I woke up to the sun on my face, and quickly remembered the night before. I was in a cold room. I looked around, and no one was there. The only way out was the window. I tumbled out as fast as I could, not realizing that I was on the second floor. I fell to the ground and hit my shoulder. I opened my eyes and saw someone was standing next to me.
“And who are you?” they asked.
“Edward Gold.” I mumbled. “Pleasure to meet you.”
I only saw their shoes, they seemed pretty typical. My thoughts changed when I saw their face. It was long, wet and shiny. They had no eyes or nose, only a circular gaping mouth, with teeth all around. It looked like a leech, maybe a lamprey. I flinched and muttered some words that momma wouldn’t be too happy about.
“W- What’s happened to you?” They looked at me in confusion, like they had never heard this question before.
“Look I don’t know what you’re talking about Mr. Gold- oh wait!” he exclaimed. I would be soiling myself right now, but I think I already did last night.
“Why don’t you just wait here a minute…” he said stepping into a phone booth. I couldn’t tell myself to run away this time, I was tired. And they didn’t seem like a threat. Not like that thing I saw last night. As the strange man talked on the phone, I noticed more and more people walking out onto the street. They were all just as strange as the man in the telephone booth.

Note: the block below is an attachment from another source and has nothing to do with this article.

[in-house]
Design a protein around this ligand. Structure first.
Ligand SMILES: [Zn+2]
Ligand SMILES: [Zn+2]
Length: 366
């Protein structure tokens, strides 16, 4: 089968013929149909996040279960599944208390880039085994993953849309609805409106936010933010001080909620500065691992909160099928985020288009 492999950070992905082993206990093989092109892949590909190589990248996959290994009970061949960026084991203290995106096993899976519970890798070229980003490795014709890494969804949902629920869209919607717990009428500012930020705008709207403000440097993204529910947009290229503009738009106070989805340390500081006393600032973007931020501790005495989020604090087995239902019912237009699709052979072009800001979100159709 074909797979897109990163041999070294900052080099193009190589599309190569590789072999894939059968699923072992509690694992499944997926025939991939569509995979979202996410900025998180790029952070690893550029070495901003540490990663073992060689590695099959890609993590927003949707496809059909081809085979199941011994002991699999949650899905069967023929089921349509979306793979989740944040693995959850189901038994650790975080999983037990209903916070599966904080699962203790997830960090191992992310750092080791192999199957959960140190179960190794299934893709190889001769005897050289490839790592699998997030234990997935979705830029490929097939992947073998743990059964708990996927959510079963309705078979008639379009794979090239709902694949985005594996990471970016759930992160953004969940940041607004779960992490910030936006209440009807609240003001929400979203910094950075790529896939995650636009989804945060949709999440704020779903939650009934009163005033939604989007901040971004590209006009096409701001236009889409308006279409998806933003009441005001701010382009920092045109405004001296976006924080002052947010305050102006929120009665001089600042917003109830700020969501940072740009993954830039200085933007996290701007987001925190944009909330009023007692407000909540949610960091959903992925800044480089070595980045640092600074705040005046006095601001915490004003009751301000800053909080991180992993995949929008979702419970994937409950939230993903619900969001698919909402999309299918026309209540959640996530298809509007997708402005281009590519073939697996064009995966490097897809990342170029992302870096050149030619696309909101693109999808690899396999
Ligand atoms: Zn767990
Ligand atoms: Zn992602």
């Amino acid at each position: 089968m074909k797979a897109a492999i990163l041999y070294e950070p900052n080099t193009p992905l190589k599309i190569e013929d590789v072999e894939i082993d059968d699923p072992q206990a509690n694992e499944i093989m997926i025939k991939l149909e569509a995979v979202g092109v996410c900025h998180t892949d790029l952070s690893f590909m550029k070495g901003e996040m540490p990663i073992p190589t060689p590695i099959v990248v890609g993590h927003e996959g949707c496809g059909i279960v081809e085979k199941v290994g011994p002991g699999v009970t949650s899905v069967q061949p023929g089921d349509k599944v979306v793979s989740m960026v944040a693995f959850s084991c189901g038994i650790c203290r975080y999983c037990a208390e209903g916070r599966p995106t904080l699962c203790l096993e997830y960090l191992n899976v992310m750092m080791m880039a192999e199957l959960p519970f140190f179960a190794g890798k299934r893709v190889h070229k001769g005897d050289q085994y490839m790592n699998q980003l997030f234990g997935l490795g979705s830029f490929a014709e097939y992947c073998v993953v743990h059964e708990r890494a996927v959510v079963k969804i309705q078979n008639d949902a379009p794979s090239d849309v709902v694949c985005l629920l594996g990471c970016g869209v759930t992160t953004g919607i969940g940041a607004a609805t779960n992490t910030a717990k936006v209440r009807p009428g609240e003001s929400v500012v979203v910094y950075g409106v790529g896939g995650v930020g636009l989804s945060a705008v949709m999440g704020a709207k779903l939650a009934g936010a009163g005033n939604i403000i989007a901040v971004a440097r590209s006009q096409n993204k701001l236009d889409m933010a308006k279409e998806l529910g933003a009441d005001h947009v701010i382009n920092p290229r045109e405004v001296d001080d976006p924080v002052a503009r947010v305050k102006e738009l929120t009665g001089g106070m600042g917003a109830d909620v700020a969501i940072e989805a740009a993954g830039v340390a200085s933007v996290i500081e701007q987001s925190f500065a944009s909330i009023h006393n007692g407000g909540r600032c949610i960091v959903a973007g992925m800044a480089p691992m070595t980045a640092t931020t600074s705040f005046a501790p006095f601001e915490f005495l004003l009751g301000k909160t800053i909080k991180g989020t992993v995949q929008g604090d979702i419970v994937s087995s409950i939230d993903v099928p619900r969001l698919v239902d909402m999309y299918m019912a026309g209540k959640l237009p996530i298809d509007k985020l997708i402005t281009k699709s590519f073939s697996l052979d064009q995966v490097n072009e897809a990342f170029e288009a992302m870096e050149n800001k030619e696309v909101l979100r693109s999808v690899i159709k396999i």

I saw a boy, hovering through the air upside down. A frail old man easily carried an anchor around, which had to weigh tens of thousands of pounds. A rat the size of a person walked down the street. My eyes grew wider as I watched hundreds of these strange people walk out of their homes. The leech man stepped out of the phone booth.
“Come with me.” he said.
“Come where? Who are you? What is this place?” I had a thousand questions.
“Look,” he responded, “I can’t help you with any of that, but you need to come with me, because-”
“Because you’re a regular!” someone shouted. I turned to the noise, and realized that it was none other than the monster from yesterday. It seemed less monstrous, but it’s eyes were just as evil as last night. Without the beast even doing anything, I knew it had bad intentions.